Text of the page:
History of Eldridge
R. Johnson Park
Camden, New Jersey
Eldridge R. Johnson
Park, and the former Cooper Library which stands at the
park’s center, represent one
of the most significant and unique cultural, historic,
and artistic resources in the City of Camden and the State
of New Jersey.
Built between 1914 and 1930,
the complex occupies an entire block near Camden's waterfront
on the Rutgers-Camden campus. When it opened in 1918, the
site became southern New Jersey's foremost cultural and
recreational center. Today, the library houses the Walt
Whitman Arts Center and is owned by Rutgers-Camden. The
site has been designated as a State and Federal Historic
Landmark and is currently undergoing extensive rehabilitation
to preserve its splendor for future generations.
project for these facilities was the brainchild of Eldridge
R. Johnson, founder of the world renowned Victor Talking
Machine Company and one of Camden’s most important
philanthropists, who donated the Neo-Classical
Cooper Branch Library and surrounding Johnson Park to the
City of Camden.
Constructed in several stages
between 1916 and 1930, Johnson Park’s
grand design exhibits a classic symmetry and formality
offset by delightful and original pieces of sculpture and
a diverse collection of trees.
From his office on the seventh floor
of the Victor Talking Machine Company’s executive building at Front and
Cooper Streets, Eldridge Johnson had a vision. He
imagined a cultural center for the benefit of local employees
and city residents and a park where children from all over
the region would come to play.
To bring this dream
to fruition, Johnson proposed and personally managed the
design and oversaw the construction of the Classical Revival
style Cooper Library and an equally magnificent park.
Victor Talking Machine plant (ca.
The park exudes a sense of
youthful enjoyment and amusement. In every aspect of the
park’s design, from the fountains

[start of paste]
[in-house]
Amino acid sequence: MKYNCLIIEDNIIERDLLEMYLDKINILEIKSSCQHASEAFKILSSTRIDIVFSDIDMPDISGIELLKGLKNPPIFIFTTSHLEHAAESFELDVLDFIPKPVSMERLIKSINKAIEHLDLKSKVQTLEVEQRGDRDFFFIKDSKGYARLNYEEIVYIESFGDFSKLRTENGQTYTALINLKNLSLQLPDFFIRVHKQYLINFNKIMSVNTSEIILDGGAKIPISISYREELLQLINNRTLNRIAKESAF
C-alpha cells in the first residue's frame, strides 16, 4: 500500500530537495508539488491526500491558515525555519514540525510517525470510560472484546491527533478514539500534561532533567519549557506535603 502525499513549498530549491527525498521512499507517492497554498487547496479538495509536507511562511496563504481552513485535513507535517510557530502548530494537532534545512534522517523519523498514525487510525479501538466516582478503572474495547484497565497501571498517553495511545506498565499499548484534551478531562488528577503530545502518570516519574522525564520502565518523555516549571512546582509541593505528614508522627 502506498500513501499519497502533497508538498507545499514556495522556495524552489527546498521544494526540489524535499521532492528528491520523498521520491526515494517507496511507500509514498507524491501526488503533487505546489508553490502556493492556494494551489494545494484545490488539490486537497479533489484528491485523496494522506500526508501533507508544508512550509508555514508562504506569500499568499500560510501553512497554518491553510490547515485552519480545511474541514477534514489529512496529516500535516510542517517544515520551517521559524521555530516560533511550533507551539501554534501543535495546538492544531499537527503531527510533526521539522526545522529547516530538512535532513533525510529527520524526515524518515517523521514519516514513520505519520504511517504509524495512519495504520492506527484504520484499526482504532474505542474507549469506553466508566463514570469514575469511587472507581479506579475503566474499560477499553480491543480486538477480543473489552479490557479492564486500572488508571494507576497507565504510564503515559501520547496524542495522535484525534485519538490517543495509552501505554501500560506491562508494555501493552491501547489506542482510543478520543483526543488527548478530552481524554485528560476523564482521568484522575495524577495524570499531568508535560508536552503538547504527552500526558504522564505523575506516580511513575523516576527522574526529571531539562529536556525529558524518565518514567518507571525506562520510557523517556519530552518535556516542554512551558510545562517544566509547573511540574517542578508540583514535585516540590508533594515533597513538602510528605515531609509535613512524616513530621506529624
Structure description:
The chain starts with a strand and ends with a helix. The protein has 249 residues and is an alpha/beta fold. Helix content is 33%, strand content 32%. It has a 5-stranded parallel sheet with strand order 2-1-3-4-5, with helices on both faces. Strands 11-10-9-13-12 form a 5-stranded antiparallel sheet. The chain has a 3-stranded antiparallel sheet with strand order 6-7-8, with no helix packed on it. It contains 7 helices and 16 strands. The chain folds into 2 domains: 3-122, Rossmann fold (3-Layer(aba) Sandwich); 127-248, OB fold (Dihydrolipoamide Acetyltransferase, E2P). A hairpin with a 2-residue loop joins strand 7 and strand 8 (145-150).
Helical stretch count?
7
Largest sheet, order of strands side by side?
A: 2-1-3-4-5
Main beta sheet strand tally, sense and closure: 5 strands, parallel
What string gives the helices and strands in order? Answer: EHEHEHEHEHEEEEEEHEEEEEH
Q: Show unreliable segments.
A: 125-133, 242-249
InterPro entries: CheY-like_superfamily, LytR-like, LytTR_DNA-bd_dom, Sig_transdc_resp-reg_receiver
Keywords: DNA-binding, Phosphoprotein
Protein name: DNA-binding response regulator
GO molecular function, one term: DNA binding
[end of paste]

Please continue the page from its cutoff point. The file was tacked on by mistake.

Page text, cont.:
and sculptures to the beautiful colored tiles representing
children’s nursery rhymes, Johnson’s love for
children can be seen. In fact, the story is told
that Mr. Johnson converted, what was originally intended
to be a lily pond, to a wading pool after the pond immediately
filled with children before it could be completely filled
with the water and the lilies had arrived.
Pools in Johnson Park
As a result,
instead of adding lily pads, Johnson ordered changing
pagodas to be added to the park, one for boys and one for
plantings completed the park, which by 1930 had become
an international tourist destination.
Art & Architecture
The “Peter Pan” sculpture which stands at
the park’s entrance is one of only five in the world. Made
by Sir George Frampton, the “Peter Pan” is
perhaps his most famous work. The original stands
in Kensington Gardens, London, England.
This 11’ cast
bonze statue replica was purchased by Eldridge Johnson
for Johnson Park. Peter Pan’s arrival to Camden
on September 24, 1926 was a momentous occasion. To
celebrate the dedication, a Peter Pan pageant committee
organized over 3,000 schoolchildren from Camden, Merchantville,
and nearby towns to depict scenes from the story of Peter
Pan. (See image below) Schools closed early, and over
10,000 people from across the region attended.
Pan Pageant Johnson
In 1930, a distinctive cast bronze fence, designed by Otto
Schweitzer, a Philadelphia sculptor, was added to surround
the Peter Pan sculpture. The
fence is shaped in an irregular, complex, open mesh
of birds, fish and flowers, 28” high with a circumference
In addition, it is at Johnson
Park that the most complete group of outdoor sculptures
by Philadelphia sculptor Albert Laessle can be found. “Billy,” “Dancing
Goat,” “Pan,” and “Turtle and
among the whimsical additions to the park.
For more information on the
marvelous Victor Talking Machine, visit http://en.wikipedia.org/wiki/Victor_Talking_Machine_Company
Read about Enrico
there" (1918) at RCA Camden and listen
to this soundtrack (2:48 min) by visiting the Internet
Archive and clicking on the title in the dark gray box.
Read about a seminar by the
Camden County Historical Society
(includes links to video files)